UNC AIDS researcher gets emotional at 'Moral Monday' trial

ablythe@newsobserver.comDecember 11, 2013 

— Dr. Charles van der Horst has been around the world as an internationally known AIDS researcher and says he’s seen poverty and limited medical care in Third World countries that can move an observer to tears.

On Wednesday, the physician from UNC Hospitals got choked up on a witness stand in Wake County District Court while describing his motives for joining one of the demonstrations this summer outside the General Assembly chambers.

The legislature had just rejected the federal government’s offer to expand Medicaid as part of the new federal health care law, and van der Horst said he was frustrated that he had not been able to present his concerns to any of the Republican leaders guiding that decision.

“This was going to have a direct impact on my patients,” van der Horst, 61, testified before tears welled in his eyes and his speech became halting.

After two days of testimony in November and a full day Wednesday, van der Horst and another defendant, Tye Hunter, were found guilty of second-degree trespass but not guilty of violating N.C. State Legislative Building rules.

Van der Horst and Hunter, a lawyer who recently stepped down as executive director of the Center for Death Penalty Litigation, immediately appealed the decision to Wake County Superior Court. They, like some of the other demonstrators found guilty of charges lodged against them during the summer protests, will seek a jury trial.

Rejection of expansion

The General Assembly rejected a Medicaid expansion that would have added between 318,000 and 500,000 low-income North Carolinians to the federal-state health insurance program for the poor.

The federal government would have paid for the expansion for the first three years and covered 90 percent of the cost afterward. But North Carolina lawmakers said the state costs would still be substantial. Republican leaders also said they worried the federal government would renege on its agreement and that the state would be left with a large bill.

Van der Horst, an advocate of the health law who has testified before Congress on medical issues, said he had tried to talk with his state legislators in February about the Medicaid expansion proposal in the Affordable Care Act and got nowhere.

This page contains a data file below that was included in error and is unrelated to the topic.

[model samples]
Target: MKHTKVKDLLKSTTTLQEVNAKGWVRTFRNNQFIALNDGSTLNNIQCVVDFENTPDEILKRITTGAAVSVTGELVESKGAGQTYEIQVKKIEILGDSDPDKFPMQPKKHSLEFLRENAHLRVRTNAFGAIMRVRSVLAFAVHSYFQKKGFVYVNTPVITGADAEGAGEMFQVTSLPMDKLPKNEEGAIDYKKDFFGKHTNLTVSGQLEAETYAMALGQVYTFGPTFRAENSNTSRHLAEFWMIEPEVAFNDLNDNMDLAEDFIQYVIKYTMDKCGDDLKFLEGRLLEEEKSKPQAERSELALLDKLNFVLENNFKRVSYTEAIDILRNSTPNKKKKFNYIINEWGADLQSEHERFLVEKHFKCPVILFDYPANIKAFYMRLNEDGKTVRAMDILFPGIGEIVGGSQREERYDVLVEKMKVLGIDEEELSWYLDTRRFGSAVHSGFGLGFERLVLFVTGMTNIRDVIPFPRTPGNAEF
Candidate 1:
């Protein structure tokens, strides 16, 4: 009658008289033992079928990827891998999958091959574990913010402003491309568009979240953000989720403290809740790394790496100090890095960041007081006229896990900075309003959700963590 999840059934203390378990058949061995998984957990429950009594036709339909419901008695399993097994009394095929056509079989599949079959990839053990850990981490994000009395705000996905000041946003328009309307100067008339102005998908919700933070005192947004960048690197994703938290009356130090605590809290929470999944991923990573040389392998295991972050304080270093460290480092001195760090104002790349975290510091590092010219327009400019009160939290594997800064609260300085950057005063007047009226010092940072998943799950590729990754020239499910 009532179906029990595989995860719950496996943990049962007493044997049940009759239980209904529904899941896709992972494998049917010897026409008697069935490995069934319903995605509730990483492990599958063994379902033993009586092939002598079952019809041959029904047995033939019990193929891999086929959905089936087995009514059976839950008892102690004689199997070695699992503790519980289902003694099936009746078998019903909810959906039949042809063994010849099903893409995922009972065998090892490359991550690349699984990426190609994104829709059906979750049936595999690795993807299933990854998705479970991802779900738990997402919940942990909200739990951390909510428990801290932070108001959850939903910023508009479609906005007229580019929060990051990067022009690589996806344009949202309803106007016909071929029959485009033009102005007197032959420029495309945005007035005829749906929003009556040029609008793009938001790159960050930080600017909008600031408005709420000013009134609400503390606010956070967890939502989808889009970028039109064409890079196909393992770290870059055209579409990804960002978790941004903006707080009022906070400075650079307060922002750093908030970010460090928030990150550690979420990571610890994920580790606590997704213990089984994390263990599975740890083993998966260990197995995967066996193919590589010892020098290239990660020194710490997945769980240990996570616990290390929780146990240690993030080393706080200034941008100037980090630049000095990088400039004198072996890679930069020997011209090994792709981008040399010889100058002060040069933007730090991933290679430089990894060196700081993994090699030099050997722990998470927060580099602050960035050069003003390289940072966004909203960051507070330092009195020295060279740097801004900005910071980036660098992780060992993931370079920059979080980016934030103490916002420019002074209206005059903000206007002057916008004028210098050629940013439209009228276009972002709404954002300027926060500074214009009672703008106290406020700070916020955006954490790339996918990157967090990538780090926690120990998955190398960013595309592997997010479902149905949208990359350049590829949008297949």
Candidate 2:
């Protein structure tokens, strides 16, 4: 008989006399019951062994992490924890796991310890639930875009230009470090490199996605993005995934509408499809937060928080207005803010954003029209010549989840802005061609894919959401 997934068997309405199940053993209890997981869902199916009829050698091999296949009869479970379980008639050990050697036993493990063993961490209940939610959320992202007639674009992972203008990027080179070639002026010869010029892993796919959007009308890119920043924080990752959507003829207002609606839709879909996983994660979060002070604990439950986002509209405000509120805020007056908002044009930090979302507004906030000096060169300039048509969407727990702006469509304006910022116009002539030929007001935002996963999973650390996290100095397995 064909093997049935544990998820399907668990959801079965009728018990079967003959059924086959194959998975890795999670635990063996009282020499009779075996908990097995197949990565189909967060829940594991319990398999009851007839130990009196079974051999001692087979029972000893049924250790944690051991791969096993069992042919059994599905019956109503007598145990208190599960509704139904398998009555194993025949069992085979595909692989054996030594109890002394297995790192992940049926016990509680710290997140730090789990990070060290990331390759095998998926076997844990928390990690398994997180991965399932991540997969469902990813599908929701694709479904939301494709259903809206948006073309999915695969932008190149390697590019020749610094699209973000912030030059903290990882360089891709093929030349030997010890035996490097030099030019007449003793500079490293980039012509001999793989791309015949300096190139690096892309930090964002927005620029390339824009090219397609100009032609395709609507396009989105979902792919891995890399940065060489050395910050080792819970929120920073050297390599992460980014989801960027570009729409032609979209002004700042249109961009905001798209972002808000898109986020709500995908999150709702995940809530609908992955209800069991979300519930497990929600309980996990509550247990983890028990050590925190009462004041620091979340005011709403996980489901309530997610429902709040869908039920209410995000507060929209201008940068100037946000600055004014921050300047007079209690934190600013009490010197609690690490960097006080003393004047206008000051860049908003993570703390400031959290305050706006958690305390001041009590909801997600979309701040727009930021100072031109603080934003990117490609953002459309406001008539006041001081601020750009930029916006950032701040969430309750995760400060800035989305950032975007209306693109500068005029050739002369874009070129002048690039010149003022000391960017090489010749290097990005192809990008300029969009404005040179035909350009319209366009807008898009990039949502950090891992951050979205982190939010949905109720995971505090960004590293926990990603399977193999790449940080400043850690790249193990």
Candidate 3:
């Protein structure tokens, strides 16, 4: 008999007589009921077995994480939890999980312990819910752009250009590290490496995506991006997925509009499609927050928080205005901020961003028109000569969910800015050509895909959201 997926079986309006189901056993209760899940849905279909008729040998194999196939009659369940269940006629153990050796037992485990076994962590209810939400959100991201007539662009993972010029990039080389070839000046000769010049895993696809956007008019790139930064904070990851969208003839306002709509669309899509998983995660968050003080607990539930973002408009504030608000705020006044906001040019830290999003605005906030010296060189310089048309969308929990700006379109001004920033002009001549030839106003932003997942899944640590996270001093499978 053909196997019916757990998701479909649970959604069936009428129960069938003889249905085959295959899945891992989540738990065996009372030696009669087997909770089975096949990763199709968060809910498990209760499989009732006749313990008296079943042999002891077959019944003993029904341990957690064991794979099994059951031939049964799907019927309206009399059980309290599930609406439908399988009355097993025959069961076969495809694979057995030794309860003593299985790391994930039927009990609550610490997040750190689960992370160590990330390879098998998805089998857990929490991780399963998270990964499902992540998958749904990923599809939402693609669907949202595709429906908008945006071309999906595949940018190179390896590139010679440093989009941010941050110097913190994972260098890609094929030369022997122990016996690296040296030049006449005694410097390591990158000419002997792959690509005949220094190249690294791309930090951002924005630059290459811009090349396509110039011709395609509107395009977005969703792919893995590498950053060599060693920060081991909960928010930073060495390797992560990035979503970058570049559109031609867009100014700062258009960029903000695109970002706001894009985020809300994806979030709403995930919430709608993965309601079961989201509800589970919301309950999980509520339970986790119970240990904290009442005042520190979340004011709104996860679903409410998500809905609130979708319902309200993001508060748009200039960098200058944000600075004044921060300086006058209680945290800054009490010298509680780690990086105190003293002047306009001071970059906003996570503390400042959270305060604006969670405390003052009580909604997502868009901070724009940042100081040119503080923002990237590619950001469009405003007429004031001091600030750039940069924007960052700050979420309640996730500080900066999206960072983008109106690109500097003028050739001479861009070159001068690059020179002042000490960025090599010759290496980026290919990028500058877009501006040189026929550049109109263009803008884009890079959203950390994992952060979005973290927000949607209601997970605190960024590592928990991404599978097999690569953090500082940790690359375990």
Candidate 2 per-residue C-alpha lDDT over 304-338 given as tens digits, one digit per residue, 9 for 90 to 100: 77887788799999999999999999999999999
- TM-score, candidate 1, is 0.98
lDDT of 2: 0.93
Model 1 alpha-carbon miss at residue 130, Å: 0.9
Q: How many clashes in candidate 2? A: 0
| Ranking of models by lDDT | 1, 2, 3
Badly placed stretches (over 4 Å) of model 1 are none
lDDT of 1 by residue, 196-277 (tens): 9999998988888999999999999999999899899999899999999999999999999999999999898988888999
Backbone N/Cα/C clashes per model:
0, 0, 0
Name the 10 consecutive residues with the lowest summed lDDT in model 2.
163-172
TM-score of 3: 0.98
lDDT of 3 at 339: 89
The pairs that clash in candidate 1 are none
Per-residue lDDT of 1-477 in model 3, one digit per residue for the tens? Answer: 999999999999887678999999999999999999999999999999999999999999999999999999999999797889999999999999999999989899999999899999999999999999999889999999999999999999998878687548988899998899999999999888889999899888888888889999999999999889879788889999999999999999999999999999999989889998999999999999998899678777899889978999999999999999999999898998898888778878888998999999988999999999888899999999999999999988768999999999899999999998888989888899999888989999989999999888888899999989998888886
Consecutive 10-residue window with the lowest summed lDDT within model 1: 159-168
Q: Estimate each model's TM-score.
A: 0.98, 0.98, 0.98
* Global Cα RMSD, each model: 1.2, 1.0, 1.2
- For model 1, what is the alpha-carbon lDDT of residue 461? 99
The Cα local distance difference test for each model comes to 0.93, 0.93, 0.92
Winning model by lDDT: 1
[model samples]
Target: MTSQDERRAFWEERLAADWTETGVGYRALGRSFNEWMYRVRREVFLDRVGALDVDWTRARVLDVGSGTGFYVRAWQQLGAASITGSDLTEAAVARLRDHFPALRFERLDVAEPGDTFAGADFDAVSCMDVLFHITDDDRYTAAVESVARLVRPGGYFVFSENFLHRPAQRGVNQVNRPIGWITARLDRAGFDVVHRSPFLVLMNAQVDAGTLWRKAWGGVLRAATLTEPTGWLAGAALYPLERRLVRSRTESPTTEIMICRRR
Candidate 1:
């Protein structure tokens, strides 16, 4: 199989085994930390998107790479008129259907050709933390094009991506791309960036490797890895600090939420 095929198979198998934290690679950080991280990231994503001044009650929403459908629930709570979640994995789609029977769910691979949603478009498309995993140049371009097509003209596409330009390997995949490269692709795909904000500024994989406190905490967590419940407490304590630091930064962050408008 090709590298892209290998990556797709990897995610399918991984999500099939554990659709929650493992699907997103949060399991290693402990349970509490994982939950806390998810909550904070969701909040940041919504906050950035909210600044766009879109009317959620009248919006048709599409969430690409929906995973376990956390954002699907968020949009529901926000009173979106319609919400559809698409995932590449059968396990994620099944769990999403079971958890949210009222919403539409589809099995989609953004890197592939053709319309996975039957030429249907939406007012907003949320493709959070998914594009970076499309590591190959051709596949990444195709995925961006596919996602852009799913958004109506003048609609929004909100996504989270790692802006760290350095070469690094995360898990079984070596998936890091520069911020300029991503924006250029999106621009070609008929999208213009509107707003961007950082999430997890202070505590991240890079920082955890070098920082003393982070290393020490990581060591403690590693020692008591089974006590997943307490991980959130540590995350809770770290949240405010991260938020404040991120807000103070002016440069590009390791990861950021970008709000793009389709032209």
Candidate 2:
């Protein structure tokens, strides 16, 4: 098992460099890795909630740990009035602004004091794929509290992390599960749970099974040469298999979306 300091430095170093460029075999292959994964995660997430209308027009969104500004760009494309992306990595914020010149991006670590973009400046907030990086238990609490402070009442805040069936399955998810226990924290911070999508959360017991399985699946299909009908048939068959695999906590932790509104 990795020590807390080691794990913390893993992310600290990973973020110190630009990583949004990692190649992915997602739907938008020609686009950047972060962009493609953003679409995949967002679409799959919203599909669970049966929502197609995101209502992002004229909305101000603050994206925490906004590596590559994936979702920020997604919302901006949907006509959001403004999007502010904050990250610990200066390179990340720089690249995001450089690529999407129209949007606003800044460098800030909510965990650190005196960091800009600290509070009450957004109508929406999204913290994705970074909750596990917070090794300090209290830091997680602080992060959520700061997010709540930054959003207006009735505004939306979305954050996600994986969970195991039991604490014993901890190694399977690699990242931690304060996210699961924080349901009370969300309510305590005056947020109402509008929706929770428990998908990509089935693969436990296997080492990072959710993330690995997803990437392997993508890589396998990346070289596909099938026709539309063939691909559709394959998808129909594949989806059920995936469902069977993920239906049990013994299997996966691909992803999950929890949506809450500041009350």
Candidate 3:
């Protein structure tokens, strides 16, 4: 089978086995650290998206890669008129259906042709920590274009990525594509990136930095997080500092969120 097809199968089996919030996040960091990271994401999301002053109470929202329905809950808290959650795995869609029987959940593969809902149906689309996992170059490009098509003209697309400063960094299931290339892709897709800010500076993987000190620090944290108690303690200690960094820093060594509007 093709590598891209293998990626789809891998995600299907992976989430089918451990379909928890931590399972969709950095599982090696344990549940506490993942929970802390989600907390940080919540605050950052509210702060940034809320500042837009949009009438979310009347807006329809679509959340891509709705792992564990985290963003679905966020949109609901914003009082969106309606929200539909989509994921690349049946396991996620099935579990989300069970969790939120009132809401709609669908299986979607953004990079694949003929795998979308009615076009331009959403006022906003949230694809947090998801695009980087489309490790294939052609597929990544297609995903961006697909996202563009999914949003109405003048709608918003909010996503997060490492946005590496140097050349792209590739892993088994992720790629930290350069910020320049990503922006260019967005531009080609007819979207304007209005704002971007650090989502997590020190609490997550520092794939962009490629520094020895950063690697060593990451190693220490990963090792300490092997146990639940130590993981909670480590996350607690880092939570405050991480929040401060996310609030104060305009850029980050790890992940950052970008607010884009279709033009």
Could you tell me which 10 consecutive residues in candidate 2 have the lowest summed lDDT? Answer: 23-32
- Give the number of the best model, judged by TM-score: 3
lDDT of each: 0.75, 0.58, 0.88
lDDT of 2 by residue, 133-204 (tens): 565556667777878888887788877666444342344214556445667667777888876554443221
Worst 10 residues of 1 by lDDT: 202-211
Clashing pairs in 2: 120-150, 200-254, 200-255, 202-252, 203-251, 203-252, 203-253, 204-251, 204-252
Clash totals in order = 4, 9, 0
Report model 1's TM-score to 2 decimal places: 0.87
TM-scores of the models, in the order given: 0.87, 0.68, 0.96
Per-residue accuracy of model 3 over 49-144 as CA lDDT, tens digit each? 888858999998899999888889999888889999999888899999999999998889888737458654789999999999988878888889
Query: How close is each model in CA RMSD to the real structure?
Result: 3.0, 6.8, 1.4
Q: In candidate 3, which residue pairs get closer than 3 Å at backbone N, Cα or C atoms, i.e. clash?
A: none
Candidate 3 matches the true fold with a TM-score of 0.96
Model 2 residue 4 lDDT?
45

By May 6, he said, his exasperation had grown, and not only was he worried about his patients, he also was worried about the financial impact the decision would have on UNC Hospitals, which treats many of the state’s indigent patients. The failure to expand Medicaid is expected to cost state hospitals nearly $600 million.

“There was this frustration that I couldn’t make my voice heard, and I thought it was going to lead to the death of my patients,” van der Horst told William Lawton, a former Wake County District Court judge brought in by the state Administrative Office of the Courts to preside over trials of some of the 900-plus demonstrators arrested this summer at the General Assembly.

Lawton spoke about van der Horst’s testimony while announcing his verdict, saying that he “has a passion I wish all doctors have.”

While on the stand, van der Horst recounted his personal reasons for protesting – the oath he took upon becoming a doctor, his immigrant parents’ belief in the U.S. Constitution and his clinical experience since the decision had been made.

Tale of two patients

Van der Horst told Lawton about the impact on two patients – one he had treated and one that another physician had seen.

Both patients had been unable to get prescriptions filled that would have been covered either by Medicaid or new Affordable Care Act regulations. One patient was diabetic with a foot ulcer unable to get antibiotics that would have been provided were he added to the Medicaid roster. Another had been losing weight for 18 months and was finally diagnosed with an illness that could be treated with prescription drugs, but his insurance company denied them.

‘Incredibly frustrating’

Van der Horst said it was “incredibly frustrating” as a physician to be able to make such a diagnosis and then see the patient unable to get the necessary treatment because of such barricades.

“I think that’s what got me crying,” van der Horst said.

Van der Horst said afterward that he did not take the conviction lightly and that he never had been arrested before.

But he added that he did not regret trying to raise awareness of an issue of utmost importance to him.

“For me, I felt I was in between a rock and a hard place,” van der Horst said.

Blythe: 919-836-4948; Twitter: @AnneBlythe1

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